The ‘spirit’ of Machias, Norman Nelson, dies

Posted Dec. 15, 2010, at 6:48 p.m.
Last modified Jan. 29, 2011, at 7:20 a.m.
Norman Nelson, long-time Machias town official, in military uniform. (Photo courtesy of Reid Albee)
Norman Nelson, long-time Machias town official, in military uniform. (Photo courtesy of Reid Albee)
Norman Nelson at a recent University of Maine at Machias Ukulele Band rehearsal. (Photo from the band's Facebook page)
Norman Nelson at a recent University of Maine at Machias Ukulele Band rehearsal. (Photo from the band's Facebook page)
Norman Nelson, long-time Machias town official. (Photo courtesy of Reid Albee)
Norman Nelson, long-time Machias town official. (Photo courtesy of Reid Albee)

MACHIAS, Maine — Norman Nelson, 92, a war hero and statesman who dedicated his life to community service, died Tuesday after a short illness. He is being called “an irreplaceable spirit” by those who knew him.

Nelson and his late wife, Nancy, raised two sons in Roque Bluffs, where for more than 30 years he served either as selectman, school board member or planning board member. He represented Washington County in the state House of Representatives from 1975 to 1980, followed by a four-year term as a Washington County commissioner.

“Norman Nelson was a Washington County icon, whose lifetime was devoted to serving his nation, his state and his community,” Maine Senate President Kevin Raye of Eastport said Wednesday. “Norm was serious about his public service, but he also knew how to have fun. For more than a quarter of a century, he co-chaired the Machias Wild Blueberry Festival, of which his annual appearance headlining the Blueberry Blues theatrical production was always a highlight. Karen and I join with Norm’s family and friends in mourning his passing, but celebrating that his spirit will live on through the many lives he touched during his lifetime.”

Washington County Manager Betsy Fitzgerald said Nelson had the experience and ability to “make history walk off the page.”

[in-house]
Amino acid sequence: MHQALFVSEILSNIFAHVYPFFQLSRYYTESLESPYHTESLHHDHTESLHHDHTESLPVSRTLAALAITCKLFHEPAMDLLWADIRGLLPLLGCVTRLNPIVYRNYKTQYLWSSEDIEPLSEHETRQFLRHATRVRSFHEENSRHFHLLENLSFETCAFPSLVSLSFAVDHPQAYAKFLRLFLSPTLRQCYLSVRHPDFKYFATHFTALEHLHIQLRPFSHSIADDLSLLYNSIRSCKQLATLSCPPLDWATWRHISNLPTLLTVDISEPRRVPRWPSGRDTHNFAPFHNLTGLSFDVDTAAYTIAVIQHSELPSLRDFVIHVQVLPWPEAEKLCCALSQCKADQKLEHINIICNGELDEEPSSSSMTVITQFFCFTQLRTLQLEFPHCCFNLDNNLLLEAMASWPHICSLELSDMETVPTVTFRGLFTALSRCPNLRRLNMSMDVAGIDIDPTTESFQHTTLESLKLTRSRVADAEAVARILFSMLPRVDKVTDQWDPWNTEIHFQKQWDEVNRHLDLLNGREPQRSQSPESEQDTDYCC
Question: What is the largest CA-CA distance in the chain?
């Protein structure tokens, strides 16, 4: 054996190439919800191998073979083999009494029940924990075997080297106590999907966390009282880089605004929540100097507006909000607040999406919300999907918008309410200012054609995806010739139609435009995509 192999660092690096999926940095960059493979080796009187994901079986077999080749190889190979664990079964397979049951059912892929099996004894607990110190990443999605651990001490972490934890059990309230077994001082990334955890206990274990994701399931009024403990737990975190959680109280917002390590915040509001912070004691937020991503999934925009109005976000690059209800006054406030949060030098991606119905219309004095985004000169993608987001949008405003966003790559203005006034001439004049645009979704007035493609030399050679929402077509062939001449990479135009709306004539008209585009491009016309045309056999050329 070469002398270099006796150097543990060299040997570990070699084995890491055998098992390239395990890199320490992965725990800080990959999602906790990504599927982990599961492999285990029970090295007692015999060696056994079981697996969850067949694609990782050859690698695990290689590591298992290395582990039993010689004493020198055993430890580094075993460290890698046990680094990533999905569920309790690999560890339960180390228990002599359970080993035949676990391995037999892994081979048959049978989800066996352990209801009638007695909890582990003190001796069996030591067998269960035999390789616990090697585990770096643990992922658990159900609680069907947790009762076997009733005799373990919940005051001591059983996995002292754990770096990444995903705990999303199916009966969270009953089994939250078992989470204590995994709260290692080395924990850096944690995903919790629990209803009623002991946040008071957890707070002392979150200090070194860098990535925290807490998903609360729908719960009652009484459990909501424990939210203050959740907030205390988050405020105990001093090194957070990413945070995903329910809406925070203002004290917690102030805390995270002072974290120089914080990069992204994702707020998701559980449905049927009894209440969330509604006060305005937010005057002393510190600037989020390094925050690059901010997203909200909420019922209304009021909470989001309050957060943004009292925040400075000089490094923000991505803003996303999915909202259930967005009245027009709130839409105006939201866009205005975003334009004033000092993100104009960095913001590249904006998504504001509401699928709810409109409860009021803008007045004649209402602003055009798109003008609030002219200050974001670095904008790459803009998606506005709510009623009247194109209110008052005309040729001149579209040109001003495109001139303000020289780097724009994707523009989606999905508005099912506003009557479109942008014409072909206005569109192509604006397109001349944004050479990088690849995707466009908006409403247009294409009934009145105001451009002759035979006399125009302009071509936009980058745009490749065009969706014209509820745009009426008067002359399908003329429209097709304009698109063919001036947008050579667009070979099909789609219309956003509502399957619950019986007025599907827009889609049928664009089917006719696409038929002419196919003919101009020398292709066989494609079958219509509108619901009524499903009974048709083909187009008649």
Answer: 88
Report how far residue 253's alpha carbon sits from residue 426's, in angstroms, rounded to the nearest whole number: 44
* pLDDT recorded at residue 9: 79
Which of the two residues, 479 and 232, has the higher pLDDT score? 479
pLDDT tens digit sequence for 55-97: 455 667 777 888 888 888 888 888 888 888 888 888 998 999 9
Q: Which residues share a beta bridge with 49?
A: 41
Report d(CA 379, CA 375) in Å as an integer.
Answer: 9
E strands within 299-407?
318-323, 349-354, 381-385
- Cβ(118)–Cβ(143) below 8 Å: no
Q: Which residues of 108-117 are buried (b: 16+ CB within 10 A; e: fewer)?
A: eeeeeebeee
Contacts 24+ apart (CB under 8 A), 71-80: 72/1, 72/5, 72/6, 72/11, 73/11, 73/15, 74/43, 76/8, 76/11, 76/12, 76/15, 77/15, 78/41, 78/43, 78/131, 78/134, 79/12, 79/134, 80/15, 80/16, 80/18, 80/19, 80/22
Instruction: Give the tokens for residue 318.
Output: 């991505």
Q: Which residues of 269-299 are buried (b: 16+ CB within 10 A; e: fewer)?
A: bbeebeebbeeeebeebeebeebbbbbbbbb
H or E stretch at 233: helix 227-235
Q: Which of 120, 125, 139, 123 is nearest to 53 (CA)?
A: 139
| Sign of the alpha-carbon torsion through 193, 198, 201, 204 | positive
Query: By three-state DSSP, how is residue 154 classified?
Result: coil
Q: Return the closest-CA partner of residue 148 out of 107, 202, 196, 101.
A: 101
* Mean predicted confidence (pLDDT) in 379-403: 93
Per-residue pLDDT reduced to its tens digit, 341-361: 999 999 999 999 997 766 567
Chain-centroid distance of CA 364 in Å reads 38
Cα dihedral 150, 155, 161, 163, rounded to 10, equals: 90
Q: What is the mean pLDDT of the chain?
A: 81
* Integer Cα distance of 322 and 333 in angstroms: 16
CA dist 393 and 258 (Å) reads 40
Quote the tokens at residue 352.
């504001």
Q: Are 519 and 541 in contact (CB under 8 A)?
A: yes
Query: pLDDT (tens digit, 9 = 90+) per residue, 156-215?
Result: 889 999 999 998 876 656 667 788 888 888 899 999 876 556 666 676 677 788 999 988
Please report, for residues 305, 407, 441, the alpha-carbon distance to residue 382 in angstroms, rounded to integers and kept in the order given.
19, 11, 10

As a boy of just 13, Nelson sailed on wooden-masted cargo vessels, carrying lumber, coal and granite; at 26, he stormed the beaches of Normandy on D-Day; and, once he returned home Down East, dedicated his life to community service and volunteerism.

Nelson was still serving as a Machias selectman up until his death and possibly was the oldest elected official in Maine. He often brought a lighter side to town meetings with his infectious, quick sense of humor.

“He was one of the most interesting men I ever met,” Laural Robinson of Machias said Wednesday. “He did just about everything, from landing at Normandy to being a police constable to hanging wallpaper. There are a million stories about Norm. We’ve lost a real treasure.”

Nelson was a ham radio operator, a member of the University of Maine at Machias Ukulele Band, and he coordinated the annual pie-eating contest at the Wild Blueberry Festival. He also was a member of the Down River Theater Company and always had a lead role in the Blueberry Festival’s annual play.

A lifelong Democrat, Nelson had nearly perfect attendance at the Maine Democratic Party committee meetings in Augusta for more than 30 years. “He was very proud of that,” said Katherine Cassidy of Machias.

As a Machias selectman, Nelson had the ability to cut through the emotionalism of an issue and focus on the real heart of the matter, Fitzgerald said. She recalled that he often used his hearing difficulties as an excuse to force people to repeat what they said. “Sometimes that highlighted the shallowness of what was being said,” Fitzgerald said, “and he was able to head off some extremism.”

Nelson was an encyclopedia of information on Machias area history — some of which he actually lived. He often entertained at local gatherings with stories of sailing on the Lucy Evelyn, the last sailing vessel to leave the Machias area; log drives on the Machias River; and storming the beaches at Normandy, France, on D-Day, June 6, 1944.

It was on his way across the Atlantic to that monumental battle, when the other soldiers learned he already had been to sea, that he earned his nickname “Salty.”

In May of this year, he shared with the Quoddy Tides of Eastport some of his memories of serving as a heavy machine gunner and squad leader during the war.

“Getting ashore on D-Day was bad,” he was quoted as saying. “We lost all our weapons and tripods. They were so heavy, they sank in 10 feet of water. It seemed like forever before I got to shore. It was just hell. I lost most of my company on the beach.

“After an experience like that you try to live the best life you can,” he said.

According to Nelson’s son, Sandy Nelson of Roque Bluffs, funeral arrangements had not yet been determined.

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